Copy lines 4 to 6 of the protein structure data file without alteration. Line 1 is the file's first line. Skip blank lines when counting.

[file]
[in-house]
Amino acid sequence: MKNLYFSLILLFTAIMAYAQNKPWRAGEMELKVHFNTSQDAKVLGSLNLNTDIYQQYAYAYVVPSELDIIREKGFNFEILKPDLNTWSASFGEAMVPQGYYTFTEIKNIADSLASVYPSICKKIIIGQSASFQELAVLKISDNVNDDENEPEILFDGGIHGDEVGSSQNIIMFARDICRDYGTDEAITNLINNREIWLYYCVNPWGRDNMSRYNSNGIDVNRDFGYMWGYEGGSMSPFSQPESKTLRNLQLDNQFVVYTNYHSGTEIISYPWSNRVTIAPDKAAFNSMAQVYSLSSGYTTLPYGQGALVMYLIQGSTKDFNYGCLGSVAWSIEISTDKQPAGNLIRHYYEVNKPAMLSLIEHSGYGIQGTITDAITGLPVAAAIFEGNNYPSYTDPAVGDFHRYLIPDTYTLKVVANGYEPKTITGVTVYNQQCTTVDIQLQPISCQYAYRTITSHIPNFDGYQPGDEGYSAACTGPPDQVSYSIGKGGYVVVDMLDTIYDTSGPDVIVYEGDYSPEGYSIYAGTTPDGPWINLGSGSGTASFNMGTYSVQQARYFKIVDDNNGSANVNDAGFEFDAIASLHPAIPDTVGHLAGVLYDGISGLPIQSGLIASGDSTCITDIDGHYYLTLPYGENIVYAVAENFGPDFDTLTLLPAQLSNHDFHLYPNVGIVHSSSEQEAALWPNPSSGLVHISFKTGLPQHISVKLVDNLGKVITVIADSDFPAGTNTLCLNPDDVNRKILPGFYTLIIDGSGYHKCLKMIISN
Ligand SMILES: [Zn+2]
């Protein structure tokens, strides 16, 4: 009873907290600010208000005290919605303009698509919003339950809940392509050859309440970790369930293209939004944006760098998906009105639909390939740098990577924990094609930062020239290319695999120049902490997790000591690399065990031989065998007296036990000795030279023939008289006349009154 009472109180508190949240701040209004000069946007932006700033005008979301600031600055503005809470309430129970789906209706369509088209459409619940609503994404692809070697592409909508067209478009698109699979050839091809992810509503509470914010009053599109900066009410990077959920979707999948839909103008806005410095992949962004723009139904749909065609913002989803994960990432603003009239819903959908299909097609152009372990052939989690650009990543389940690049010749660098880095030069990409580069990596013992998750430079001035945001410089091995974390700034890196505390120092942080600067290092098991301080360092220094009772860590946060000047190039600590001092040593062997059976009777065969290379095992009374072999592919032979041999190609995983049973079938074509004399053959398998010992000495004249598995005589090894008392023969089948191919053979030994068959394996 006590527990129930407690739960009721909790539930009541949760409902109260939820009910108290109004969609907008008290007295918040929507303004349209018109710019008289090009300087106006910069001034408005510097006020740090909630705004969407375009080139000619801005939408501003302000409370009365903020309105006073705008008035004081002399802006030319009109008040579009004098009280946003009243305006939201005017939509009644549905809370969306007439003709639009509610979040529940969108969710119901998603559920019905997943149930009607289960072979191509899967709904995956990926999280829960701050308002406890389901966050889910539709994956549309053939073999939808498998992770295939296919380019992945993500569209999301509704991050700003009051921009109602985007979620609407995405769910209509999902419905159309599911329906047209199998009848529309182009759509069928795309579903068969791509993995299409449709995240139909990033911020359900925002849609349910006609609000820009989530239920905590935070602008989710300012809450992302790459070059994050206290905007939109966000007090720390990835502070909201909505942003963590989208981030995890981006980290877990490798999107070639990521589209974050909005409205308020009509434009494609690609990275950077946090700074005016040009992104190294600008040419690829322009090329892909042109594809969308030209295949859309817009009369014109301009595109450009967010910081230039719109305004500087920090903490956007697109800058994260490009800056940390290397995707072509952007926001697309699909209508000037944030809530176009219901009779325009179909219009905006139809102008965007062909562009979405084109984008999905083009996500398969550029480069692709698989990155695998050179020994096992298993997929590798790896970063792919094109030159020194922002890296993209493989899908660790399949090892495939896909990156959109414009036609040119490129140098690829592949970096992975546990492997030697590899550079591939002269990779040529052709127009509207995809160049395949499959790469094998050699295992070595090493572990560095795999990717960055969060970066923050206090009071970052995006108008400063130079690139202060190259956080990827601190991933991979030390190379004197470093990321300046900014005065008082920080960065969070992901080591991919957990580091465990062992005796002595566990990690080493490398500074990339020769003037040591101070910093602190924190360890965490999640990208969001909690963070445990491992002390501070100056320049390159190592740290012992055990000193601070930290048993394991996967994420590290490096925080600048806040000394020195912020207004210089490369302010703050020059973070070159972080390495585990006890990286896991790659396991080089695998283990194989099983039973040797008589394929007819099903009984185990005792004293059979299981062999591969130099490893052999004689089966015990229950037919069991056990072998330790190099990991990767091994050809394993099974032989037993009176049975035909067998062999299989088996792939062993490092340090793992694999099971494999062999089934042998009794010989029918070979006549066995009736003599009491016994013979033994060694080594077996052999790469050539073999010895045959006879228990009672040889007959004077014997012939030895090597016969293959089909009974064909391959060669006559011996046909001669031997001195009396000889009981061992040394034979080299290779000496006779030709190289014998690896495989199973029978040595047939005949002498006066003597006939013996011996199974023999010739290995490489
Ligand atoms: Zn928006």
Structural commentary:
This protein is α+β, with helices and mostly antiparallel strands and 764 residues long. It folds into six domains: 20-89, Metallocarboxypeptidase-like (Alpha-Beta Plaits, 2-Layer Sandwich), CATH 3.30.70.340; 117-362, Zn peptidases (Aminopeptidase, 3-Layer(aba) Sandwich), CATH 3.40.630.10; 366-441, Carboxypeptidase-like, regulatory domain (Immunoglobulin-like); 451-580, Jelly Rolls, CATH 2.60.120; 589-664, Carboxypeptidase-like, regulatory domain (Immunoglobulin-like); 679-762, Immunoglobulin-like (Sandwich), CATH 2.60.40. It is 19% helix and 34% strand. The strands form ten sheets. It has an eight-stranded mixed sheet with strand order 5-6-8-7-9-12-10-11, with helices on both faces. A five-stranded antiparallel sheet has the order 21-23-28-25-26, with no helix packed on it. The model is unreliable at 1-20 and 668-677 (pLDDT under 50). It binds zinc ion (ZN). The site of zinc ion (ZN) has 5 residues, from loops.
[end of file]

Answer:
């Protein structure tokens, strides 16, 4: 009873907290600010208000005290919605303009698509919003339950809940392509050859309440970790369930293209939004944006760098998906009105639909390939740098990577924990094609930062020239290319695999120049902490997790000591690399065990031989065998007296036990000795030279023939008289006349009154 009472109180508190949240701040209004000069946007932006700033005008979301600031600055503005809470309430129970789906209706369509088209459409619940609503994404692809070697592409909508067209478009698109699979050839091809992810509503509470914010009053599109900066009410990077959920979707999948839909103008806005410095992949962004723009139904749909065609913002989803994960990432603003009239819903959908299909097609152009372990052939989690650009990543389940690049010749660098880095030069990409580069990596013992998750430079001035945001410089091995974390700034890196505390120092942080600067290092098991301080360092220094009772860590946060000047190039600590001092040593062997059976009777065969290379095992009374072999592919032979041999190609995983049973079938074509004399053959398998010992000495004249598995005589090894008392023969089948191919053979030994068959394996 006590527990129930407690739960009721909790539930009541949760409902109260939820009910108290109004969609907008008290007295918040929507303004349209018109710019008289090009300087106006910069001034408005510097006020740090909630705004969407375009080139000619801005939408501003302000409370009365903020309105006073705008008035004081002399802006030319009109008040579009004098009280946003009243305006939201005017939509009644549905809370969306007439003709639009509610979040529940969108969710119901998603559920019905997943149930009607289960072979191509899967709904995956990926999280829960701050308002406890389901966050889910539709994956549309053939073999939808498998992770295939296919380019992945993500569209999301509704991050700003009051921009109602985007979620609407995405769910209509999902419905159309599911329906047209199998009848529309182009759509069928795309579903068969791509993995299409449709995240139909990033911020359900925002849609349910006609609000820009989530239920905590935070602008989710300012809450992302790459070059994050206290905007939109966000007090720390990835502070909201909505942003963590989208981030995890981006980290877990490798999107070639990521589209974050909005409205308020009509434009494609690609990275950077946090700074005016040009992104190294600008040419690829322009090329892909042109594809969308030209295949859309817009009369014109301009595109450009967010910081230039719109305004500087920090903490956007697109800058994260490009800056940390290397995707072509952007926001697309699909209508000037944030809530176009219901009779325009179909219009905006139809102008965007062909562009979405084109984008999905083009996500398969550029480069692709698989990155695998050179020994096992298993997929590798790896970063792919094109030159020194922002890296993209493989899908660790399949090892495939896909990156959109414009036609040119490129140098690829592949970096992975546990492997030697590899550079591939002269990779040529052709127009509207995809160049395949499959790469094998050699295992070595090493572990560095795999990717960055969060970066923050206090009071970052995006108008400063130079690139202060190259956080990827601190991933991979030390190379004197470093990321300046900014005065008082920080960065969070992901080591991919957990580091465990062992005796002595566990990690080493490398500074990339020769003037040591101070910093602190924190360890965490999640990208969001909690963070445990491992002390501070100056320049390159190592740290012992055990000193601070930290048993394991996967994420590290490096925080600048806040000394020195912020207004210089490369302010703050020059973070070159972080390495585990006890990286896991790659396991080089695998283990194989099983039973040797008589394929007819099903009984185990005792004293059979299981062999591969130099490893052999004689089966015990229950037919069991056990072998330790190099990991990767091994050809394993099974032989037993009176049975035909067998062999299989088996792939062993490092340090793992694999099971494999062999089934042998009794010989029918070979006549066995009736003599009491016994013979033994060694080594077996052999790469050539073999010895045959006879228990009672040889007959004077014997012939030895090597016969293959089909009974064909391959060669006559011996046909001669031997001195009396000889009981061992040394034979080299290779000496006779030709190289014998690896495989199973029978040595047939005949002498006066003597006939013996011996199974023999010739290995490489
Ligand atoms: Zn928006």
Structural commentary: